What Are Common Nouns?

Everyday People, Places, and Things

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In English grammar, a common noun names any person, place, thing, or idea. In other words, it's a noun that is not the name of any particular person, place, thing, or idea. A common noun is one or all of the members of a class, which can be preceded by a definite article, such as "the" or "this," or an indefinite article, such as "a" or "an."

Common nouns can be subdivided into countable or uncountable, depending on the function of the noun itself, as well as abstract, meaning intangible, or concrete, meaning physically capable of being touched, tasted, seen, smelled, or heard.

In contrast with proper nouns, common nouns do not begin with a capital letter unless they appear at the start of a sentence. 

Common Noun vs. Promer Noun

As noted, a common noun is a noun that's not the name of any particular person, place, or thing, such as singer, river, and tablet. A proper noun, meanwhile, is a noun that refers to a specific person, place, or thing, such as Lady Gaga, Monongahela River, and iPad.

Most proper nouns are singular, and—with a few exceptions (iPad)—they're usually written with initial capital letters. When proper nouns are used generically, as in "keeping up with the Joneses," or "a Xerox of my term paper," they become, in a sense, common. A proper noun is a noun belonging to the class of words used as names for specific or unique individuals, events, or places, and may include real or fictional characters and settings.

Unlike common nouns, which make up the vast majority of nouns in English, most proper nouns like Fred, New York, Mars, and Coca-Cola, begin with a capital letter.

They may also be referred to as proper names for their function of naming specific things.

Proper nouns are not typically preceded by articles or other determiners, but there are numerous exceptions such as "The Bronx" or "The Fourth of July." Most proper nouns are singular, but again, there are exceptions as in "The United States" and, as noted, "The Joneses."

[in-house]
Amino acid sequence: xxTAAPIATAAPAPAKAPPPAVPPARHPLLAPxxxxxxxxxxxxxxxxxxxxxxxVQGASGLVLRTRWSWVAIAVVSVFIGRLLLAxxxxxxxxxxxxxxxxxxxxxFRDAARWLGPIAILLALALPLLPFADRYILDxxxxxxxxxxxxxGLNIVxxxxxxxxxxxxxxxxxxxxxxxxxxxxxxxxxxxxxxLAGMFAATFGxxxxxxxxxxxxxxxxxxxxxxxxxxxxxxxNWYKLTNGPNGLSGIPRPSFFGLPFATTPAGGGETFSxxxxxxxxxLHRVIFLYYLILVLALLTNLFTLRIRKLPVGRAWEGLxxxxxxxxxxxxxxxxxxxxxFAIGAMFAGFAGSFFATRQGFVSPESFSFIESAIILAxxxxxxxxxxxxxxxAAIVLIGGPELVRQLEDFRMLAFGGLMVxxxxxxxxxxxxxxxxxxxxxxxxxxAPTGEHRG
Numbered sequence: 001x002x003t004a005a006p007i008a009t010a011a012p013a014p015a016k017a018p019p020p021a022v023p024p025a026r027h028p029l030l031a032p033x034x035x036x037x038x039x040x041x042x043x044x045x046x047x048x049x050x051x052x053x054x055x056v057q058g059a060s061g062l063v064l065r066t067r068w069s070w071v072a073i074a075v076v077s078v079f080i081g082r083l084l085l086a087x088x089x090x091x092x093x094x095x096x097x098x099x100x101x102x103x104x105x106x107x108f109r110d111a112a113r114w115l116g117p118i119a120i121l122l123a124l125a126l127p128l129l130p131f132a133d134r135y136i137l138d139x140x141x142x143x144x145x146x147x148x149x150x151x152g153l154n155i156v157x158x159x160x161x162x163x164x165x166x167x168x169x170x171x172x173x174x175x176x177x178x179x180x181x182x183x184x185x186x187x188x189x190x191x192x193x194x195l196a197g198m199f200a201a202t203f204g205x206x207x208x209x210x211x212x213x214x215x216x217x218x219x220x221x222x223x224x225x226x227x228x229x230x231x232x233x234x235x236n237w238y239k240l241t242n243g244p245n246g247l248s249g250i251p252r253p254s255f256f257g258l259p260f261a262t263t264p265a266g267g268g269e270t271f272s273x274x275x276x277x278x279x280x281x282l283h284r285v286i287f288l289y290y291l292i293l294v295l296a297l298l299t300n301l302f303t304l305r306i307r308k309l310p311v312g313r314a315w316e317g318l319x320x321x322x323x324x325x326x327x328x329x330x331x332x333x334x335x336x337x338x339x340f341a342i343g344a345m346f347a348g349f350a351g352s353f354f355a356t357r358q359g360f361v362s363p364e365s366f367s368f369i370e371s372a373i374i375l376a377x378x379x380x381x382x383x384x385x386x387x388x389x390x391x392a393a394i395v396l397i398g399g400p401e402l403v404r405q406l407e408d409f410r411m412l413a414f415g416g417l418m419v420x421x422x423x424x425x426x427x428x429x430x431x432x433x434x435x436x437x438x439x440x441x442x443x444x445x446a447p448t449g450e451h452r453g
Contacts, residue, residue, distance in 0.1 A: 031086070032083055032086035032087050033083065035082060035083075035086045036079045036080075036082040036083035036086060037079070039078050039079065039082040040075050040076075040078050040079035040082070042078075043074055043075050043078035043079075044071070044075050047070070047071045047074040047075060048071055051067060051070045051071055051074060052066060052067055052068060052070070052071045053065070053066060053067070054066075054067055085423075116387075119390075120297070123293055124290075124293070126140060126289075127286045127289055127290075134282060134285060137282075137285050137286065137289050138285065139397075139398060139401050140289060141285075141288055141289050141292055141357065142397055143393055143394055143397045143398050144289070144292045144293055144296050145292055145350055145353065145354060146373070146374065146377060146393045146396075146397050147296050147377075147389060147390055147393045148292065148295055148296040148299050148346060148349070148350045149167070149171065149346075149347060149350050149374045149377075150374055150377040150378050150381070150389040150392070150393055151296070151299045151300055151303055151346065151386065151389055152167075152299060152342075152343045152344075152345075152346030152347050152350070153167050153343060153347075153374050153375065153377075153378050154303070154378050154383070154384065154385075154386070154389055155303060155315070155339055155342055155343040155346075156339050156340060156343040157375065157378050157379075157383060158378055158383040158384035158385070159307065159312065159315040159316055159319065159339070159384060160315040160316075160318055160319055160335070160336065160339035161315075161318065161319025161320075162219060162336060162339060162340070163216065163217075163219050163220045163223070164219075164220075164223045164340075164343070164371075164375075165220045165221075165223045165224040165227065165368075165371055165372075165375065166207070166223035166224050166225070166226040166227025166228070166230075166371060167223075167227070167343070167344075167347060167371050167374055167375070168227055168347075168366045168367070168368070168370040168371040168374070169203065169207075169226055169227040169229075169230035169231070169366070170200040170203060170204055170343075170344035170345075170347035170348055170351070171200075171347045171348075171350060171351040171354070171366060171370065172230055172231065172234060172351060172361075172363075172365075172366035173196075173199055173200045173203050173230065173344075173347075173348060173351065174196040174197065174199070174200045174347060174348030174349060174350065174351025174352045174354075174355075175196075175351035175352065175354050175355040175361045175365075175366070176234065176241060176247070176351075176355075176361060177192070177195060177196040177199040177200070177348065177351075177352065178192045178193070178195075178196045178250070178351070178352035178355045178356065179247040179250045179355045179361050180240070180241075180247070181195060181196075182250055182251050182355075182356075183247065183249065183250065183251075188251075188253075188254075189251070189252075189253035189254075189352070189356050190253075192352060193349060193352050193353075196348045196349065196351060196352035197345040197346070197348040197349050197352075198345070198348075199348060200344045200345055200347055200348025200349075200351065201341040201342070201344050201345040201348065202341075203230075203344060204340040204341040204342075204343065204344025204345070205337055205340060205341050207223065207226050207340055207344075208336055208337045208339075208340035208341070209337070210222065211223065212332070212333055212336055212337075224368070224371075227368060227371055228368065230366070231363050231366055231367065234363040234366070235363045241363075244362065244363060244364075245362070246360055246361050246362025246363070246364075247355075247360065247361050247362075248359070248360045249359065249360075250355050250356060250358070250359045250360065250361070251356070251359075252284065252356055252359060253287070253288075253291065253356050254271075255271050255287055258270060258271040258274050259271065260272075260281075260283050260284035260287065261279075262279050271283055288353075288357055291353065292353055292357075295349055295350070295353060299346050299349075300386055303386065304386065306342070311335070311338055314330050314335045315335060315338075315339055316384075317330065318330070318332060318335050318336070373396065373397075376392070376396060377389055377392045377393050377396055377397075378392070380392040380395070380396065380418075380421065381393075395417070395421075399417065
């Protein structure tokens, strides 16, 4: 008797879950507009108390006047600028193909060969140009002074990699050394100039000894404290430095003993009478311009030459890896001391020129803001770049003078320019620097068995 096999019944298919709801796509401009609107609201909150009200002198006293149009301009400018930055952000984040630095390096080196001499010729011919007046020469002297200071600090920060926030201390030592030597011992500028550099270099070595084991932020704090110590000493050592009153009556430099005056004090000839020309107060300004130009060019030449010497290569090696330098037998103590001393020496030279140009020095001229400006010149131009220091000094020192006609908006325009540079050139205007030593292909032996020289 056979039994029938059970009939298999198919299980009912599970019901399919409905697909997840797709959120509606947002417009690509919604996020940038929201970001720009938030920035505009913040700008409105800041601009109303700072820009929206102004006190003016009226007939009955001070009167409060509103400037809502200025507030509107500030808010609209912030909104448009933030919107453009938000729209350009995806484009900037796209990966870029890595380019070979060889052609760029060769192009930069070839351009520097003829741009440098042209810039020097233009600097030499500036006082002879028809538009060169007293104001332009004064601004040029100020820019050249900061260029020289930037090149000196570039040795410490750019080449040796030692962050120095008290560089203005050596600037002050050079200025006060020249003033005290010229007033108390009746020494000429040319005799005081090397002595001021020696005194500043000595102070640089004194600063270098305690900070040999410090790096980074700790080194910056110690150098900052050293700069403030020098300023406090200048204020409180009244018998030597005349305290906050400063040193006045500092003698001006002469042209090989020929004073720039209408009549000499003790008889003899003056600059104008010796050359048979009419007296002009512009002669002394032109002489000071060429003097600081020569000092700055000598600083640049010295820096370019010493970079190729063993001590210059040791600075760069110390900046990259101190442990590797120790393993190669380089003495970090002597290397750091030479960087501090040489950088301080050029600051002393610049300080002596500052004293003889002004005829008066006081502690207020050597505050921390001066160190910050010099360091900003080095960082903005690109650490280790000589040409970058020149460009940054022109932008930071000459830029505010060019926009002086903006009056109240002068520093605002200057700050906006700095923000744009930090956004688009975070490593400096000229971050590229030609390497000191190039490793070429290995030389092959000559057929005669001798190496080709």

How Proper Nouns Become Common and Vice-Versa

Through colloquial use and cultural adaptation, especially to marketing and innovation, common nouns can become proper nouns and so, too, can proper nouns become common. 

Oftentimes, a proper noun is combined with a common noun to form the complete name of a person, place, or thing—for example, the phrase "Colorado River" contains both a common noun, river, and a proper one, Colorado, but the word "River" in this case becomes proper by its association with a specific body of water known as the Colorado River.

Conversely, items that may have started as goods or products of marketing agencies can sometimes slip into the common vernacular. For instance, the popular kids' toy playdough is a proper name only when referring to the product itself but has been adapted as a means of describing molding clay of any variety.

Still, some people don't value the idea of making any noun proper at all. Take the famed poet e. e. cummings who refuses to spell even his own name with capital letters. All of his writing does away with capitalization because, to him, everyone, every place, and everything are not unique; rather, all nouns are quite common indeed.

Types of Common Nouns

There are several types of common nouns it's important to be aware of:

Countable and uncountable: Countable nouns are individual objects, people, or places, which can be counted. These nouns are considered content words meaning they provide the people, things, or ideas about which you speak. Examples are books, Italians, pictures, stations, or women. Uncountable nouns, by contrast, are materials, concepts, or information, which are not individual objects and cannot be counted, such as information, water, understanding, wood, or cheese.

Collective: A collective noun is a noun—such as team, committee, jury, squad, orchestra, crowd, audience, or family—that refers to a group of individuals. It is also known as a group noun.

Concrete: A concrete noun is a noun, such as chicken or egg, that names a material or tangible objects or phenomenon—something recognizable through the senses.

Abstract: An abstract noun is a noun or noun phrase that names an idea, event, quality, or concept—for example, courage, freedom, progress, love, patience, excellence, or friendship. An abstract noun names something that can't be physically touched.

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Nordquist, Richard. "What Are Common Nouns?" ThoughtCo, May. 21, 2018, thoughtco.com/what-is-common-noun-grammar-1689878. Nordquist, Richard. (2018, May 21). What Are Common Nouns? Retrieved from https://www.thoughtco.com/what-is-common-noun-grammar-1689878 Nordquist, Richard. "What Are Common Nouns?" ThoughtCo. https://www.thoughtco.com/what-is-common-noun-grammar-1689878 (accessed May 24, 2018).